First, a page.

Astronomers observe black hole eating a star for the first time
19 June, 2018, 15:44 | Author: Kelly Sanders
Supermassive black holes that are millions to billions times the mass of the sun are thought to lurk in the hearts of most, if not all, large galaxies. This finding may help astronomers discover many new instances of black holes destroying stars.
This dramatic event took place in a pair of colliding galaxies, named Arp 299, located some 150 million light-years from Earth.
At the center of a pair of colliding galaxies called Arp 299, a star twice as big as our sun came a bit too close to a huge black hole, about 20 million times bigger than the sun. naturally, it got shredded to pieces and ended up as a powerful blast that was sent across the universe.
When the black hole devoured the star, it shot out a fast group of particles that contained 125 billion times the amount of energy that the sun releases annually.
A NASA computer-simulated image of gas from a star getting swallowed by a black hole and gas ejecting at light-speed into space.
In fact, we have a unique chance to understand what happens near the black hole during these "gaps", said Miguel Perez-Torres (Miguel Perez-Torres), an astrophysicist at the Astrophysical Institute of Andalusia in Granada (Spain).
Astronomers have been tracking this event since January 2005 using the William Herschel Telescope in the Canary Islands where they first noticed a bright burst of infrared (IR) emissions coming from within the Arp 299.
The source of the infrared and radio emissions, dubbed Arp 299-B AT1, was put under surveillance for more than 10 years with the VLBA, the European VLBI Network (EVN), and other radio telescopes.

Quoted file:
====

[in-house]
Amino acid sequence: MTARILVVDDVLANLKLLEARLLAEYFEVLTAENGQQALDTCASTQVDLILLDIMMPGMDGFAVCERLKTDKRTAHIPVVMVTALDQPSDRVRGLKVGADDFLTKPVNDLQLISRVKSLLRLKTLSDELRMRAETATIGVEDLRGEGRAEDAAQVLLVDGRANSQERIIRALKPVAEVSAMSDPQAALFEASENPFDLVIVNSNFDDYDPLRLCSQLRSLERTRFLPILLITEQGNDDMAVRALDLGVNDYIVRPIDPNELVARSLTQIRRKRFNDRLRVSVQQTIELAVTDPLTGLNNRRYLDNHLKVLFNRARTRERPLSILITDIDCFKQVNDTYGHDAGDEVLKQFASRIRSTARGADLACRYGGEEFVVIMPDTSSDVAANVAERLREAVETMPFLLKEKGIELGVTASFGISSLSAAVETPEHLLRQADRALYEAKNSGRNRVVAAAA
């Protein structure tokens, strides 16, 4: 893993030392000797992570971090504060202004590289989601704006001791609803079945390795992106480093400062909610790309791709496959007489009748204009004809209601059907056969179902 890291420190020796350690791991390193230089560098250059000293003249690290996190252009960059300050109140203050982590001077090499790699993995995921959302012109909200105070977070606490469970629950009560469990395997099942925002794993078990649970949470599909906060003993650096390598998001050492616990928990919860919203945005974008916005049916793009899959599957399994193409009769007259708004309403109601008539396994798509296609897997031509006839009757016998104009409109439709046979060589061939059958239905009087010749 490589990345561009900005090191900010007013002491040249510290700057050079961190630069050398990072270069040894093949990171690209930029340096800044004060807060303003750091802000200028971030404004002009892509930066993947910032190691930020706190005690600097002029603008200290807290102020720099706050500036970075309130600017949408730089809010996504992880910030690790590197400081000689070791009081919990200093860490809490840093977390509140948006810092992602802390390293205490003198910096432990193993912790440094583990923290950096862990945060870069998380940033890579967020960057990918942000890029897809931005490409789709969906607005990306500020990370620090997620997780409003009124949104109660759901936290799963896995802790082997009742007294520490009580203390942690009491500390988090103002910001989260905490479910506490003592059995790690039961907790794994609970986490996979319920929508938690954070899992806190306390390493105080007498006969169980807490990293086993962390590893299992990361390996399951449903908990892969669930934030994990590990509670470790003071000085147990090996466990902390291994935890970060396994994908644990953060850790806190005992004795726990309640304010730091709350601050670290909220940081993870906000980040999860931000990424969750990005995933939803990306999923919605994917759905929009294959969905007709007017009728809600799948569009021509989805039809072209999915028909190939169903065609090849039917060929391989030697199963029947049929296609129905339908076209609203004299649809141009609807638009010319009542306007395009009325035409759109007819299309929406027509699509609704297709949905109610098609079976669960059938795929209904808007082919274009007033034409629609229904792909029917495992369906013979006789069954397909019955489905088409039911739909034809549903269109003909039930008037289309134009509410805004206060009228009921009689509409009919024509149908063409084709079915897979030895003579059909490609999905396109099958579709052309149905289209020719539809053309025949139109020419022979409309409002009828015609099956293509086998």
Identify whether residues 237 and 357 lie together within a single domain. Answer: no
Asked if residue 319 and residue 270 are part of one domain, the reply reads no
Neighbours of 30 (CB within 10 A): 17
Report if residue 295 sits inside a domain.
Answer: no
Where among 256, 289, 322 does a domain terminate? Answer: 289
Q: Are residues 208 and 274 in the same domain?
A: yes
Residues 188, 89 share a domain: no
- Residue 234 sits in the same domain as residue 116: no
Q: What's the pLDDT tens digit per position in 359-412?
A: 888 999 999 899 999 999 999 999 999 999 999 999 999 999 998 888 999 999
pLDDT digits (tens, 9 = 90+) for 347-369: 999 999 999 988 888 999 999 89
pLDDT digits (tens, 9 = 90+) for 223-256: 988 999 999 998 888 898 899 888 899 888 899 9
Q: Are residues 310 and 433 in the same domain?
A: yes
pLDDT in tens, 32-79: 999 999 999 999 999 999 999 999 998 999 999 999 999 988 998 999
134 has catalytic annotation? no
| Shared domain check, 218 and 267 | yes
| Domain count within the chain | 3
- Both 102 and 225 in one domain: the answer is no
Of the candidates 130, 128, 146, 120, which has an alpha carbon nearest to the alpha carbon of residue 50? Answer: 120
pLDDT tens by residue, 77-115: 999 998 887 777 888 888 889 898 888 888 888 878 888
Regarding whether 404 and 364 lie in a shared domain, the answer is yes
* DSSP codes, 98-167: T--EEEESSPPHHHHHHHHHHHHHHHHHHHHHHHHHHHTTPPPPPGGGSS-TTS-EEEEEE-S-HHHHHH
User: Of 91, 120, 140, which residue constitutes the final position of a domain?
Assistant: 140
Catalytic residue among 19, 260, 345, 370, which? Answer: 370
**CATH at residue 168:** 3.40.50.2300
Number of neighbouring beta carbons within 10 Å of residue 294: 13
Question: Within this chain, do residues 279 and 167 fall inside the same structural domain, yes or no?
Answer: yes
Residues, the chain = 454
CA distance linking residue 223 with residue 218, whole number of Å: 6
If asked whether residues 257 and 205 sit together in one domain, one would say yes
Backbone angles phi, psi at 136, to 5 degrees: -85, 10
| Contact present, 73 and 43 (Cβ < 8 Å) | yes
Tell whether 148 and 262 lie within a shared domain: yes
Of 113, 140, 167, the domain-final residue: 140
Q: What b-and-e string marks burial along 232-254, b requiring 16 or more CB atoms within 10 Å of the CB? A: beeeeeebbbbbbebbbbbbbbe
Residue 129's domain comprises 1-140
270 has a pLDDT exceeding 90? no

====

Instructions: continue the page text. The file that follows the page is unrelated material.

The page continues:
Over a decade their continued observations with a range of telescopes revealed that the source of the radio emission appeared to be expanding in one direction. A NASA telescope soon confirmed that the event was too bright to blame on a supernova, ultimately pointing researchers toward the actual cause: a tidal disruption event, more commonly called a TDE. These black holes pull matter inside them and form a sort of disc when they are doing it.
The observations included 36 scientists from 26 institutions around the world.
As Perez-Torres from the Spanish National Research Council explains, supermassive black holes spend a great deal of time without devouring anything, so they are not particularly active.
Mattila said the discovery might just be the "tip of the iceberg" for TDEs, with the potential for more discoveries ahead. It could also provide insight about how infrared and radio telescopes can be used to catch new types of events in space that have been previously undetected.
The Long Baseline Observatory is a facility of the National Science Foundation, operated under cooperative agreement by Associated Universities, Inc. Data are archived at the Infrared Science Archive housed at IPAC at Caltech.
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